Several UN documents list human rights as including the right… –to life –to liberty –to security of the person –to freedom of thought –to freedom of assembly –to education –to non-discrimination –to a minimal standard of living, etc –to free choice in marriage
There are many controversial issues connected with this list of rights Some of these rights are “positive rights”(rights to education and a minimal standard of living) that some in the US reject The individualistic orientation of this list of rights would be rejected by some cultures.
CT Norm’s cont. 5Promote the welfare of the host country, within reasonable limits. The Golden Rule, utilitarianism, and the engineering codes require engineers to promote the welfare of the public within limits. There are few indications as to how engineers interpret “welfare.” The BER case 85-2, the Board held that promoting public welfare justified an engineer’s protesting employer policies that resulted in excessive costs and time delays in defense contracts. Promoting economic development and not participating in corruption might be implied here.
Case: Your farm produces a drug that treats a form of dysentery that affects many people in Country X. The drug, however, has some serious side affects and can produce death. But it can save 10,000 lives for every life lost, and it is much cheaper than alternatives... How would a utilitarian answer this question? What about the Golden Rule?
CT Norms cont. 6Respect the cultural norms and laws of host countries, in so far as this is compatible with the other guidelines. The Golden Rule and RP generally require that we respect the culture and traditions Case: Tonaka Steel in India has the policy of hiring one child of an employee. This looks like Nepotism and may not result in the hiring of the best person for the job, but it agrees with cultural traditions. Is it justifiable?
CT Norms cont. 7Protect the health and safety of citizens in the host country. This is directly required by the codes, RP, and utilitarianism. The Golden Rule also strongly supports it. The problem is balancing health and safety with economic and technological progress. One Test: “Is there anything more that can reasonably be done to eliminate the harmful features of the situation? (HXJ case)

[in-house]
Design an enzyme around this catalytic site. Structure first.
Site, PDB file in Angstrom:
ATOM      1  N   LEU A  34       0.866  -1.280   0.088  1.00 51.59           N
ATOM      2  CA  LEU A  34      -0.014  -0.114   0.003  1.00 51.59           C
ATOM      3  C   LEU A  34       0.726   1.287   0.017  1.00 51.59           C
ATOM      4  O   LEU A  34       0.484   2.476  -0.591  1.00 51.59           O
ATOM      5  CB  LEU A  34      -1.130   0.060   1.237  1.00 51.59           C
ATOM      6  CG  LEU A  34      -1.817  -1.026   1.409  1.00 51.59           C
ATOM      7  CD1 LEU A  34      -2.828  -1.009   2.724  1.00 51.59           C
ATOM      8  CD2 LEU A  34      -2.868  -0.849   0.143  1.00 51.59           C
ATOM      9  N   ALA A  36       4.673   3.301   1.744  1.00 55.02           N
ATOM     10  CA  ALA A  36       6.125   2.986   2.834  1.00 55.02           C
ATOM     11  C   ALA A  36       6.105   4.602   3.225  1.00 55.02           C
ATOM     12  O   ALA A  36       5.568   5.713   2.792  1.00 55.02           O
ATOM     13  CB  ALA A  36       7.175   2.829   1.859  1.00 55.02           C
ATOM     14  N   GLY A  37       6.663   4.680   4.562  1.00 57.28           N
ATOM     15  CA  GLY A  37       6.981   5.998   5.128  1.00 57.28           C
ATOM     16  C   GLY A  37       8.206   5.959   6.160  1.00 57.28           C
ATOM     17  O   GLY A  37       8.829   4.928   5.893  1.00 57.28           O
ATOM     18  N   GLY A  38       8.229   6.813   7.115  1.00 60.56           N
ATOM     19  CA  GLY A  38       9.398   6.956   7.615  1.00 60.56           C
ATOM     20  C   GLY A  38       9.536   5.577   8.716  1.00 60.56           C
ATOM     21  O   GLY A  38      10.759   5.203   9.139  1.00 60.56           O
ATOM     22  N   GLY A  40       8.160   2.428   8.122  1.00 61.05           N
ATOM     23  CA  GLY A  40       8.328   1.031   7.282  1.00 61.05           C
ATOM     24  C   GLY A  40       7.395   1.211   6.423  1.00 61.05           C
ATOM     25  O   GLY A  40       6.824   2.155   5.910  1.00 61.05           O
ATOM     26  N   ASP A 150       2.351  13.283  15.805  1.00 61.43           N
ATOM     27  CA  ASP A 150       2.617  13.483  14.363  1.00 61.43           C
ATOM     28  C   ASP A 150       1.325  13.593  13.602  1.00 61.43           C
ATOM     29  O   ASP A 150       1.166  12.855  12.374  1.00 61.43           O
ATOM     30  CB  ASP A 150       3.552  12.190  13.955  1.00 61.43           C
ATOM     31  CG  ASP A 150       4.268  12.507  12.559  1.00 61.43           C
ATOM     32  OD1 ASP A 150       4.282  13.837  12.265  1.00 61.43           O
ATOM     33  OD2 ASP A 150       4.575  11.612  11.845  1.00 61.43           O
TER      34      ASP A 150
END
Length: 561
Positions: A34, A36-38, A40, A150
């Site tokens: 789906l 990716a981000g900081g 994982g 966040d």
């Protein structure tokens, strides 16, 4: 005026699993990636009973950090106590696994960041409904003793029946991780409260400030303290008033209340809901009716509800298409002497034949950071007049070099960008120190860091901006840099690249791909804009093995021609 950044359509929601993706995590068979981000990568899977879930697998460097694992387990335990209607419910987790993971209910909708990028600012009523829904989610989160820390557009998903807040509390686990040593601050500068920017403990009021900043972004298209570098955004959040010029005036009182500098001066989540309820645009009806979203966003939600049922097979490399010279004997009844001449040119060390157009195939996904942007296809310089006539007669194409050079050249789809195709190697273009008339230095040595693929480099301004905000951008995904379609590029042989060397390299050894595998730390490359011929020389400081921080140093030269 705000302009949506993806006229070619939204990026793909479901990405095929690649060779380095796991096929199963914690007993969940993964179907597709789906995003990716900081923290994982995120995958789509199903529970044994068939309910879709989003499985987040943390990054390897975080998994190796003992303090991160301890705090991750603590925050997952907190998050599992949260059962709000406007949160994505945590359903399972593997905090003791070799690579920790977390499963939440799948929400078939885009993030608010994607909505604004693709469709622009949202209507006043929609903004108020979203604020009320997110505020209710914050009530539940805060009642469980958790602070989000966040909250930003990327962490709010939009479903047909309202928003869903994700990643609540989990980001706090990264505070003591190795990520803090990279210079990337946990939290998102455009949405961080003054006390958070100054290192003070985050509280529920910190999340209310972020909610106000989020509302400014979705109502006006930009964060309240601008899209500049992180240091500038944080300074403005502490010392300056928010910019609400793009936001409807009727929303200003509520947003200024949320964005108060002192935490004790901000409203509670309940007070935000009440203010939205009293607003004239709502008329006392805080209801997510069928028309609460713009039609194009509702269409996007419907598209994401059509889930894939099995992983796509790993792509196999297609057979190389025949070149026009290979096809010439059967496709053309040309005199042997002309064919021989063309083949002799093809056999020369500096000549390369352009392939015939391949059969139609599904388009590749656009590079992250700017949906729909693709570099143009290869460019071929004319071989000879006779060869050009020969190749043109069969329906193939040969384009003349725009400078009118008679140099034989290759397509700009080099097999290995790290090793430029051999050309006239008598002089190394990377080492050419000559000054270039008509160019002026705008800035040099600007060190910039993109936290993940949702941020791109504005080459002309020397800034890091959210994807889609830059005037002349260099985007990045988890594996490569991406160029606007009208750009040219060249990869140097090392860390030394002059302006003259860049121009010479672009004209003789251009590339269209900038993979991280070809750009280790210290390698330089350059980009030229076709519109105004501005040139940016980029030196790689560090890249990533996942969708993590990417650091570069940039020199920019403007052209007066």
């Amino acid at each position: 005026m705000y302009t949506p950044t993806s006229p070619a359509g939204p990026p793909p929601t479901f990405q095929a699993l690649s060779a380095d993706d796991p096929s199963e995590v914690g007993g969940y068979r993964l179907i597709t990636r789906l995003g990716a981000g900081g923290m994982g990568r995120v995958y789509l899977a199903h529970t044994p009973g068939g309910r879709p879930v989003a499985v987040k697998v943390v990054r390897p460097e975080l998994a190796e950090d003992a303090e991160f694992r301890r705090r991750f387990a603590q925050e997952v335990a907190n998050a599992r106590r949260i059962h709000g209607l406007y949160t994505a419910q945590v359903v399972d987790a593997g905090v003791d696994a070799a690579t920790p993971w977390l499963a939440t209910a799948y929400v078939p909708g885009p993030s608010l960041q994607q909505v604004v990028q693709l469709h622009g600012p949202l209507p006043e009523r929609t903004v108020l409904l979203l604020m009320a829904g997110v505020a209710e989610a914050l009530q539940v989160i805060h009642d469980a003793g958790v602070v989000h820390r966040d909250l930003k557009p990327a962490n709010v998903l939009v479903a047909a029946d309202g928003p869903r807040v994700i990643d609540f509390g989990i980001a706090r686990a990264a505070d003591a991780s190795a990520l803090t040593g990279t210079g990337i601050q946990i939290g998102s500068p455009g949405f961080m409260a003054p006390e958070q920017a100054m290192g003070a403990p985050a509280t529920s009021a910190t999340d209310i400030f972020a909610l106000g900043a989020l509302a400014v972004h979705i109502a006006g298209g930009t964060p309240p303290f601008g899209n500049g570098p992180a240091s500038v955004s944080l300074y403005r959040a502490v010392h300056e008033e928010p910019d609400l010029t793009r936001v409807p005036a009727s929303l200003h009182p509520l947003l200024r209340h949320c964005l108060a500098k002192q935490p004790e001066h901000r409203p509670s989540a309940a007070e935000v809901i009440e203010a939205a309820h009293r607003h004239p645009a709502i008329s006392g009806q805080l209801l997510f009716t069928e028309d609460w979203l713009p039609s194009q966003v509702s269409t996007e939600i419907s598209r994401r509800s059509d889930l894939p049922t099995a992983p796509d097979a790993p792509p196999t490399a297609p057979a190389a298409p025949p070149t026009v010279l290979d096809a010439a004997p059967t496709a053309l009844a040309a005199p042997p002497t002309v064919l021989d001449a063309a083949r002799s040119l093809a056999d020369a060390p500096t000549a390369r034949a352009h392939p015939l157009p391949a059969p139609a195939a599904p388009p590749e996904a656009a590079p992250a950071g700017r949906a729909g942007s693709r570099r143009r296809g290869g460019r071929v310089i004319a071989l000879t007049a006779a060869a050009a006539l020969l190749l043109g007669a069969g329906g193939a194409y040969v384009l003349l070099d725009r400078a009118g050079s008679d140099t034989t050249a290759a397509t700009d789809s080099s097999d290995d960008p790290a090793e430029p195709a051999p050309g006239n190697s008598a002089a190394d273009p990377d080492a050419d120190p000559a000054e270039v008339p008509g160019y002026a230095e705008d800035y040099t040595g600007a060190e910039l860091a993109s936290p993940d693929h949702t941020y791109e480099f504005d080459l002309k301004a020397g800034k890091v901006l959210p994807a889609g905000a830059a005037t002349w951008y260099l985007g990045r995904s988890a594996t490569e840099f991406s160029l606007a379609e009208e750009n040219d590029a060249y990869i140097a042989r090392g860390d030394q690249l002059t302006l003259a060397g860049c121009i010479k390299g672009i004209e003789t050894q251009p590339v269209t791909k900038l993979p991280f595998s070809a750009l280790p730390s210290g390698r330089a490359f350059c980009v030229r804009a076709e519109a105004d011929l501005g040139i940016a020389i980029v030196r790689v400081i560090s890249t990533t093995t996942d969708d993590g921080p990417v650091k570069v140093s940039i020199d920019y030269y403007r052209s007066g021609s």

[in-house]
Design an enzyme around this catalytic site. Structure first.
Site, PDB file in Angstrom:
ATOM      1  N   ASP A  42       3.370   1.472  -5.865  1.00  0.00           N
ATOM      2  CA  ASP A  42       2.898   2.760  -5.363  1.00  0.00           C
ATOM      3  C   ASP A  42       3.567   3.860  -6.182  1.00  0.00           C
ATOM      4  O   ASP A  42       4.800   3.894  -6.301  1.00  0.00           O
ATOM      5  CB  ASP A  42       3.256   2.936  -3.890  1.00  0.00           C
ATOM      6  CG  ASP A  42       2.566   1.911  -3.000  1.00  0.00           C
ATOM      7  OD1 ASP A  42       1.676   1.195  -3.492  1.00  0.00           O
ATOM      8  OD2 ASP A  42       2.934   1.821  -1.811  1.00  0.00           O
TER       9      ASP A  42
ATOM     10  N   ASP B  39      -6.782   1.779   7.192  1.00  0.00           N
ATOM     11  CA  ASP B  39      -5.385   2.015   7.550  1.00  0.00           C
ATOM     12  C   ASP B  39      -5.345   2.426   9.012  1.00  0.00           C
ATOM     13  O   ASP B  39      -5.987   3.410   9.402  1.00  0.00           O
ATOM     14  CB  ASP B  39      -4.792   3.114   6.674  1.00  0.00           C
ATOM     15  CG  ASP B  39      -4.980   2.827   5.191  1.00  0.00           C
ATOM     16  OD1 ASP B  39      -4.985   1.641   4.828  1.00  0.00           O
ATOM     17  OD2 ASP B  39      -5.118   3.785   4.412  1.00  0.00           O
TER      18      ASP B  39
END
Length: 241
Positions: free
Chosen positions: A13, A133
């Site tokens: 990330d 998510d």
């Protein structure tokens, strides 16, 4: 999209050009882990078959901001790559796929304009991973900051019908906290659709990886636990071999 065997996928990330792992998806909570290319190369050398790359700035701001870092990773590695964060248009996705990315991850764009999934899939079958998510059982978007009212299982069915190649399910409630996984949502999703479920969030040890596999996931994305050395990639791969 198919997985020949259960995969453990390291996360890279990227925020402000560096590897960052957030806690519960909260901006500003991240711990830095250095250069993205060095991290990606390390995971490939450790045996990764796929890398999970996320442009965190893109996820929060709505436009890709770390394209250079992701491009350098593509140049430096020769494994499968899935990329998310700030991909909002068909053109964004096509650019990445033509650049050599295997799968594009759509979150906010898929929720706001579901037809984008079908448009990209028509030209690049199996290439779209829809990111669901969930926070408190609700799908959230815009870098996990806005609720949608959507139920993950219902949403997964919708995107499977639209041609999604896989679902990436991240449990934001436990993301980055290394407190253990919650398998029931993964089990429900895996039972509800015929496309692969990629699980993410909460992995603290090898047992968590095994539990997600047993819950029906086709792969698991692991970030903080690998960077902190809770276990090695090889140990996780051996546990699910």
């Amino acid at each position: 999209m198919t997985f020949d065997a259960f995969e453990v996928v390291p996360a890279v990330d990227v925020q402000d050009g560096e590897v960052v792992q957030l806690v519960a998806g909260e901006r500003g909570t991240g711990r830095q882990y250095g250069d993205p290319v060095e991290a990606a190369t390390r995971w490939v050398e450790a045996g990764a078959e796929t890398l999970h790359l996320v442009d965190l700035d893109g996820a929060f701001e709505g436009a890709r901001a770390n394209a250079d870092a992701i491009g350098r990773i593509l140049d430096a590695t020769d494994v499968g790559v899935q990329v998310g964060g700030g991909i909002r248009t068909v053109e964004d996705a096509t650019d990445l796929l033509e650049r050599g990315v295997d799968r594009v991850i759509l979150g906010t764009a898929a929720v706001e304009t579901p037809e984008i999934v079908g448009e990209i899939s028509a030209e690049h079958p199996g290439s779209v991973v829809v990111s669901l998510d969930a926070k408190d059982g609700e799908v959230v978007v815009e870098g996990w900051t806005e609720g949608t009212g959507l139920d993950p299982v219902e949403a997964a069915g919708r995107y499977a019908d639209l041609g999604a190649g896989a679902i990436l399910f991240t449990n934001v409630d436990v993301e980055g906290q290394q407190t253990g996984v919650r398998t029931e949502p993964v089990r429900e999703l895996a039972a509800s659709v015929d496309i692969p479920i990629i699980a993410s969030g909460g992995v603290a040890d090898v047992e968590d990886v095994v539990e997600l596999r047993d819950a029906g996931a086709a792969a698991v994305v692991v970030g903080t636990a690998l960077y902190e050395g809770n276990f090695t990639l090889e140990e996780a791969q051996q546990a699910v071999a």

CT Norms cont. 8Recognize an obligation to protect the environment. More and more engineering societies are introducing environmental provisions into their codes. Case: Joyce is a civil engineer employed at a fertilizer plant in Country X. Her plant emits sulfur dioxide pollution at a level far higher than would be allowed in her home country. The plant is working overtime to produce fertilizer in a country with a malnourished population. Imposing stricter standards would drastically curtail production. Should the stricter standards be imposed?
CT Norms cont. 9Promote a society’s legitimate background institutions. Background institutions are the laws, practices, and institutions that are necessary for a stable and economically successful society. They include such things as laws that regulate commerce and contracts, the tax system that provides essential revenue, and the banking and justice systems.
Case: James works for a US firm in Country X, where it is customary for the government to assess taxes at an exorbitant rate because it expects firms to report only half their actual earnings. If a firm reported its actual earnings, the tax rate would force it out of business. James’ firm has adopted the local practice of under reporting its actual earnings, but James wonders whether the practice is ethically acceptable. Some writers conclude it is, if there is no violation of other CT Norms.
Applying The CT Norms Some suggestions: may be useful in applying the CT Norms. Proportional Responsibility: Engineers need not take responsibility for decisions over which they have little or no control. Engineers do not usually make decisions on where to locate plants, what products to manufacture, how to interact with local government, whether to install new pollution equipment, etc. However, engineers may often be asked for advice, and they must always decide whether a policy is so odious that they cannot comply with it.
Avoiding Laxism and Rigorism: The laxist says that when a moral rule cannot be clearly applied, we may do what we want. The rigorist says that moral principles must always be strictly applied, no matter what the circumstances. Choosing Among Competing Local Practices: Most of us recognize that some practices of host countries (etiquette, dress) are as valid as ours. This may be true of some other practices as well. We should give priority to local norms if they do not violate CT Norms (Shorts in Italy. Italians are very concerned with appearance.)
How do we decide which to follow? aThe presumption should be in favor of the host- country practice. This helps your firm, honors the host country, and makes communication more effective. bOften creative middle ways are the answer. Tonaka steel used this approach. Should CT Norms Always Prevail? Often a CT Norm conflicts with local Norms, and it may be infringed rather than violated. Safety or environmental protections might only be infringed by practice. Should CT Norms prevail in such cases? (Hard hats in Korea)